Alan Greenspan: McCain tax policy unsupportable
Late last week, Alan Greenspan, retired Chairman of the Fed. Reserve, said he could not support McCain’s tax cuts unless there was an offsetting decrease in spending.
Greenspan told Bloomberg News he was “not in favor of financing tax cuts with borrowed money” when asked if the United States could afford big tax cuts such as those proposed by Republican John McCain.
McCain has focused on cutting out earmarks by using a non-existent line item veto and reorganizing departments. That may save a few million dollars, if he actually had the ability to do so. However, that will not offset the proposed $400 million McCain proposes to give to the wealthy. Nor will it reduce the half trillion dollar deficit racked up this year. The national debt has now reached $3 trillion…and could go much higher.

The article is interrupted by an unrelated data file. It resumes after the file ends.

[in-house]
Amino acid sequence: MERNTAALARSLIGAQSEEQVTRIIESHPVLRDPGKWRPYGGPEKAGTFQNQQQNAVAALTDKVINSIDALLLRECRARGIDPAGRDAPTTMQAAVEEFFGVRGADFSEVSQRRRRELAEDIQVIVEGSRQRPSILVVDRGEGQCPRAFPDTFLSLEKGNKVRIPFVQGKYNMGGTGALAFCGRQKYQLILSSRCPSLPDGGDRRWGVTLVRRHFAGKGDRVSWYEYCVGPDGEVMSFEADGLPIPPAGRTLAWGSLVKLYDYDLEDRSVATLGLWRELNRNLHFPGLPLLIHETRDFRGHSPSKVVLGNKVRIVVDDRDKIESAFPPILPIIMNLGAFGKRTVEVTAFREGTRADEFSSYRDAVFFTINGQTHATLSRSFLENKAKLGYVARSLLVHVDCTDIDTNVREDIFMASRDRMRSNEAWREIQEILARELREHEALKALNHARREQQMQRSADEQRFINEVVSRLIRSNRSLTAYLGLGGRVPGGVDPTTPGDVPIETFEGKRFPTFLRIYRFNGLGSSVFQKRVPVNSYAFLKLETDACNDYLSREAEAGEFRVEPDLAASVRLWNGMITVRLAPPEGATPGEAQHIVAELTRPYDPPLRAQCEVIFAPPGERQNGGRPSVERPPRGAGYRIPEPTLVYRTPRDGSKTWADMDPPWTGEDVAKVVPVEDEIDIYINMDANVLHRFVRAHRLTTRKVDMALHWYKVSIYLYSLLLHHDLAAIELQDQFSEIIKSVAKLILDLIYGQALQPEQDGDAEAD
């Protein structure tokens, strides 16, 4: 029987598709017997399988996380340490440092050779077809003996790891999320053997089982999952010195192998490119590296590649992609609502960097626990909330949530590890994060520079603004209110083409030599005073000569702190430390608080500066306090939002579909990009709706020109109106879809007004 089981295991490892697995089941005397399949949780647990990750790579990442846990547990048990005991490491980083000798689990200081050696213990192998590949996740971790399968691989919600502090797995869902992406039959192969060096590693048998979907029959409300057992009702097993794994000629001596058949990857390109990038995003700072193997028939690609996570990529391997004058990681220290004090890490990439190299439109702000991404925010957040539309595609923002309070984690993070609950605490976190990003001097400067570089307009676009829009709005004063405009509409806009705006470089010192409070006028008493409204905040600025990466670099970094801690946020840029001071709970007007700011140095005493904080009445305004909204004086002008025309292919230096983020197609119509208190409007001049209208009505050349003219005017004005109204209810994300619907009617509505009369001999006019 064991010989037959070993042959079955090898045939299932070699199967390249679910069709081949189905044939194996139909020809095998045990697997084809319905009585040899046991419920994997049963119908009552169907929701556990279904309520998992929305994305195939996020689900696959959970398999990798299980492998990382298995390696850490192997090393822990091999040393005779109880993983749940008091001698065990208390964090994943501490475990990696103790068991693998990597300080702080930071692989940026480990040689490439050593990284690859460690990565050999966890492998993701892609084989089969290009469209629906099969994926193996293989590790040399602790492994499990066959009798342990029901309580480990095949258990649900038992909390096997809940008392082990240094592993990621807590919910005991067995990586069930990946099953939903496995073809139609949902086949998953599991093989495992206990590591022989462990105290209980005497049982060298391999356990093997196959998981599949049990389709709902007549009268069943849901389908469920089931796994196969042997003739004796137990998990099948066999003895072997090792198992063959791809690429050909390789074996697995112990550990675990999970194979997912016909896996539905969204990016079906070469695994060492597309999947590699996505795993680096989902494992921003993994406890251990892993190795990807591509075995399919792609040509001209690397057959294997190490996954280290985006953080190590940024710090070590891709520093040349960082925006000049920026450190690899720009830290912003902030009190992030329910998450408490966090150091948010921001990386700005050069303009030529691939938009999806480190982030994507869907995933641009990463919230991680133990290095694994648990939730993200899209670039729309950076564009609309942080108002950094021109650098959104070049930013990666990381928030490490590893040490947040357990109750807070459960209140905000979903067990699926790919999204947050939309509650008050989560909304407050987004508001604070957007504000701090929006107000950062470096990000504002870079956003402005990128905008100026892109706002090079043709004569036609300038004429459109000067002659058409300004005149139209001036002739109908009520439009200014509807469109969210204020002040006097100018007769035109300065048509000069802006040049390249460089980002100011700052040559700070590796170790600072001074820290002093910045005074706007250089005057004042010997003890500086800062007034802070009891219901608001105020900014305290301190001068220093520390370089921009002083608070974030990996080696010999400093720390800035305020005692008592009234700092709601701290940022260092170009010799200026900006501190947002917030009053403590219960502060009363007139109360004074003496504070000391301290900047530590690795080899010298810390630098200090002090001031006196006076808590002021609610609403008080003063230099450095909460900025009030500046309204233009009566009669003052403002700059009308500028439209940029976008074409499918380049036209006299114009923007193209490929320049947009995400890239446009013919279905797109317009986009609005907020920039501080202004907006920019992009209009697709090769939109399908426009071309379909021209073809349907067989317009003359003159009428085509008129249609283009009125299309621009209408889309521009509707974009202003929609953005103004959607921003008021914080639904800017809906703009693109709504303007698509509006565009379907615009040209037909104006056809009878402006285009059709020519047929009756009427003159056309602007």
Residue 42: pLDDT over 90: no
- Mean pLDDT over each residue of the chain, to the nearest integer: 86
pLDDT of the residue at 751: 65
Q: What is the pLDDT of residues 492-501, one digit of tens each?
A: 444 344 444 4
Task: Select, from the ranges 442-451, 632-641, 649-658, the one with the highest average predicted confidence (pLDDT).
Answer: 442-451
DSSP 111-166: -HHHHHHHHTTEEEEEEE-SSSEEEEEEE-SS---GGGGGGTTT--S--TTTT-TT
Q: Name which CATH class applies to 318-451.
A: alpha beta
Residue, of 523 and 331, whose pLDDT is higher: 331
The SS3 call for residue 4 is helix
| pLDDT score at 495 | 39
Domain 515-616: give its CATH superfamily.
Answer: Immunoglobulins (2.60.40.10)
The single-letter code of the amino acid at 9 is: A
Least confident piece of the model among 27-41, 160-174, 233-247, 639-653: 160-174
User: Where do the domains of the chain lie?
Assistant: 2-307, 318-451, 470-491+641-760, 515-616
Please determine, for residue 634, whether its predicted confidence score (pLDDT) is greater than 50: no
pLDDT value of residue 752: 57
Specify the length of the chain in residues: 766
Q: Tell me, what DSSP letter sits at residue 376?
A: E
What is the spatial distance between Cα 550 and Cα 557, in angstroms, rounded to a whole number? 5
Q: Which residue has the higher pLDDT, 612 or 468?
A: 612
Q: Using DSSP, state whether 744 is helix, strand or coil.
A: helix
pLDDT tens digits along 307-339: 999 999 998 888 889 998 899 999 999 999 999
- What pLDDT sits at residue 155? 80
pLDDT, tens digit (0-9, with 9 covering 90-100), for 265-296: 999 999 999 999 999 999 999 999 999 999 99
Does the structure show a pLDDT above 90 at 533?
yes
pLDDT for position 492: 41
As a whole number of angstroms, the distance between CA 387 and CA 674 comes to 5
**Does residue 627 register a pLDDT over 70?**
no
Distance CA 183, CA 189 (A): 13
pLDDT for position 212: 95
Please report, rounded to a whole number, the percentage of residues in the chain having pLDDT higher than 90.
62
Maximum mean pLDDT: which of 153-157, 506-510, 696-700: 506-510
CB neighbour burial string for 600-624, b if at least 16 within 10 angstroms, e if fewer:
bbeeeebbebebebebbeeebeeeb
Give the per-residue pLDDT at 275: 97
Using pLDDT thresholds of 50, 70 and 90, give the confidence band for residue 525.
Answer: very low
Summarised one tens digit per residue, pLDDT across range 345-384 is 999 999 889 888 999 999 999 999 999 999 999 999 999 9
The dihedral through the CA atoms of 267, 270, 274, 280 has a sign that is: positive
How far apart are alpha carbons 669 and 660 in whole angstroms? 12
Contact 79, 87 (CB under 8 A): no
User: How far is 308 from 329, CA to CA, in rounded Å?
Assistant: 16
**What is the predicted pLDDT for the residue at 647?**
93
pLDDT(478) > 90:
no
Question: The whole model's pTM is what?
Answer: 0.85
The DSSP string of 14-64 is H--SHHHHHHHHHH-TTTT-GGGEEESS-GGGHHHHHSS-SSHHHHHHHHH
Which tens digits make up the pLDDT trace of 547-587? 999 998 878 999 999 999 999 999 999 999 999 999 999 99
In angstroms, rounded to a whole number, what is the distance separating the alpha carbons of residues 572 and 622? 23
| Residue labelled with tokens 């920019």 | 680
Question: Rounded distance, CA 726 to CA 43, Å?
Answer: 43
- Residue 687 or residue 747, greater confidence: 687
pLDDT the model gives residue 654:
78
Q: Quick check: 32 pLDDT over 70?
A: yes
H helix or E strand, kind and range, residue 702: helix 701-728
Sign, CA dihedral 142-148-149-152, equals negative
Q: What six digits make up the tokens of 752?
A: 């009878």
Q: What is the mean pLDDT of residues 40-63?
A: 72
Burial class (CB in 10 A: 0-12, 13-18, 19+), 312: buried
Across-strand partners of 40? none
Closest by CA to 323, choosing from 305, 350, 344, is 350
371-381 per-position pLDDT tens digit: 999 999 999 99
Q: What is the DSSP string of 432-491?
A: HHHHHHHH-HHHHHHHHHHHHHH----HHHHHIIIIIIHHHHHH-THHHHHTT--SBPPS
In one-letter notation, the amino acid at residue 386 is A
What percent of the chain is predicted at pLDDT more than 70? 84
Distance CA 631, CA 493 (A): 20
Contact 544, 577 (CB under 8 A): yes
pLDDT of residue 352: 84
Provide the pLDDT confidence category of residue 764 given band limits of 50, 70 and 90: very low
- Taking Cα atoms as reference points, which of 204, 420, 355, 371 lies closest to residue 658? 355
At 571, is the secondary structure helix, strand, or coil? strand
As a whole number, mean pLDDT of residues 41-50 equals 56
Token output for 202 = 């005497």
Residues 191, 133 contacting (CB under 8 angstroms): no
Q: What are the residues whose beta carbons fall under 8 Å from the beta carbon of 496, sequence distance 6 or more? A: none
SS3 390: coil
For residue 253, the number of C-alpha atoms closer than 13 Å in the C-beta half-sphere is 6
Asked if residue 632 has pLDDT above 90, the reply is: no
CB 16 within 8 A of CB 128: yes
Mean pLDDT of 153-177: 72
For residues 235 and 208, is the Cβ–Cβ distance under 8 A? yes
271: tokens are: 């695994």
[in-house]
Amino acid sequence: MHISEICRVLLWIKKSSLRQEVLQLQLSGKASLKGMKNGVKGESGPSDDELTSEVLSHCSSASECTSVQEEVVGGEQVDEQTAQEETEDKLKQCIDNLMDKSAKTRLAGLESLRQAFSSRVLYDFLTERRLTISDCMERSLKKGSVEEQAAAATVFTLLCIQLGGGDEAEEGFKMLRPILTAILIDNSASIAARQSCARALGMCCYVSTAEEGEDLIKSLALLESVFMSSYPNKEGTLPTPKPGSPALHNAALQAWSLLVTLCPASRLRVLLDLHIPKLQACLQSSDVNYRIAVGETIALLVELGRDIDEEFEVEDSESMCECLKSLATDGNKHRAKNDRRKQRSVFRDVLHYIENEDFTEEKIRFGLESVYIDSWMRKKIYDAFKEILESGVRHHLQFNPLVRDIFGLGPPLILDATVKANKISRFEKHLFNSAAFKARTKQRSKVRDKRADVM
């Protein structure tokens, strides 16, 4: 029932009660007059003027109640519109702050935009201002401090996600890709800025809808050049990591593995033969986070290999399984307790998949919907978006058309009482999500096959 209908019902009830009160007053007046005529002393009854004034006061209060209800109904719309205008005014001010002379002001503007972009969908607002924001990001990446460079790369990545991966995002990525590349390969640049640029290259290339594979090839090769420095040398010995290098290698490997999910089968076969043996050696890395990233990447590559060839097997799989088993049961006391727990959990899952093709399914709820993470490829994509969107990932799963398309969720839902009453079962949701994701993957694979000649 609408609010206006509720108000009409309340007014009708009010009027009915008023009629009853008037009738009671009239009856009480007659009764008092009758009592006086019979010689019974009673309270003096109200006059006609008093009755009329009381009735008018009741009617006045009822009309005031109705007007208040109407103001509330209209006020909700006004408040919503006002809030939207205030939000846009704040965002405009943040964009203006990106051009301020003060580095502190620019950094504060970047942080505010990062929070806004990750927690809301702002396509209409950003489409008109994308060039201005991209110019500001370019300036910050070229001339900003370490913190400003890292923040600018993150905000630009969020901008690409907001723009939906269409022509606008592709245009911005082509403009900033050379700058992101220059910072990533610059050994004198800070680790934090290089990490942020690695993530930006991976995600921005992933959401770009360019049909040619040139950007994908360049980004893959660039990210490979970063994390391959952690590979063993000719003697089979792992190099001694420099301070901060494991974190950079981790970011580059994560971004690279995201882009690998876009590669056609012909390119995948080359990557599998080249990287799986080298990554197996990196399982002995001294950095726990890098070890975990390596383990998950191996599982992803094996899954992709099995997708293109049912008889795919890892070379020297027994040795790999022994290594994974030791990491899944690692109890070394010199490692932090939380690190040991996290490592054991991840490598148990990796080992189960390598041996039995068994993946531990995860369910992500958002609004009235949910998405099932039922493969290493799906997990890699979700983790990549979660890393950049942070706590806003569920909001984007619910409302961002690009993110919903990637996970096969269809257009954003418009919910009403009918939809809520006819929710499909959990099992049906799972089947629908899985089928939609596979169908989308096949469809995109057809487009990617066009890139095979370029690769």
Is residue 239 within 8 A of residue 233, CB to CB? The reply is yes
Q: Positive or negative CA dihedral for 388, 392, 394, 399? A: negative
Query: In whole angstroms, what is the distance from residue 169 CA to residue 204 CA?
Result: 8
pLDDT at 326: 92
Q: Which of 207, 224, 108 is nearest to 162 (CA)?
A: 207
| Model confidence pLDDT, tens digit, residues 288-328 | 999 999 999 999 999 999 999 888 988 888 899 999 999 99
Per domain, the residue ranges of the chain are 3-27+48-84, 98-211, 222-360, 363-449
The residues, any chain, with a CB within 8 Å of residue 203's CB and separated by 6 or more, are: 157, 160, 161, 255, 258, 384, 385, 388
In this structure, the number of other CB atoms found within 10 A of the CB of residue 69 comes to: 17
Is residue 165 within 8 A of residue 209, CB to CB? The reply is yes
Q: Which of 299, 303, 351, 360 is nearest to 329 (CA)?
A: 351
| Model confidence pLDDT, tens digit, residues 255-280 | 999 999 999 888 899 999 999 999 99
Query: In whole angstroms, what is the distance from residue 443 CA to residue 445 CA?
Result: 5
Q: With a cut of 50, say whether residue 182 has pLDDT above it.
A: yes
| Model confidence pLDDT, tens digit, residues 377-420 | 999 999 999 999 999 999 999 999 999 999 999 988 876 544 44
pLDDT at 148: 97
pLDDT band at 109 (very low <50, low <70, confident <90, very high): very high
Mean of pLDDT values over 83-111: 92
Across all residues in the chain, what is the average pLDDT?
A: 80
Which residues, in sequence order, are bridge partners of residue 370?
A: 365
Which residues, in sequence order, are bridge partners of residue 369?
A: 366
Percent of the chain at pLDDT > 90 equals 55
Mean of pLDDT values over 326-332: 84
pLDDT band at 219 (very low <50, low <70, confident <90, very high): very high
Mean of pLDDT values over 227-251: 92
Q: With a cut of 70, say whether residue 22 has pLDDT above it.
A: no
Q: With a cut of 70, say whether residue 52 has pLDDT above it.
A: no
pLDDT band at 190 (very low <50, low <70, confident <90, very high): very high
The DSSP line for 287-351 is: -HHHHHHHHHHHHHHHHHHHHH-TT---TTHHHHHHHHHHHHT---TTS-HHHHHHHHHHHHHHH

According to economic experts, the U.S. financial situation is at the tipping point…which is another reason why Secty. Paulson would not bail out Lehman Bros. as it did Bears Stearn. The U.S. Treasury simply cannot afford it.
Former Treasury Secretaries Robert Rubin and Larry Summers told Charlie Rose on the Charlie Rose Show (on PBS) last Wednesday that the next President and Congress must use fiscal restraint: everything must be paid for, especially for long term planning.
Echoing what came today, both agreed that this is the worst economic situation since the 1930s and if ignored or not aggressively attacked, could get much worse. Rubin said that the current fiscal problems are “a perfect storm.” He added that the next President “needs a seriousness of purpose and a deep sense of fiscal discipline” to handle the current financial problems facing both the government and the country.
Neither believed that McCain had the “seriousness of purpose and a deep sense of fiscal discipline” to get the country back on track. Both endorsed Obama’s economic plan.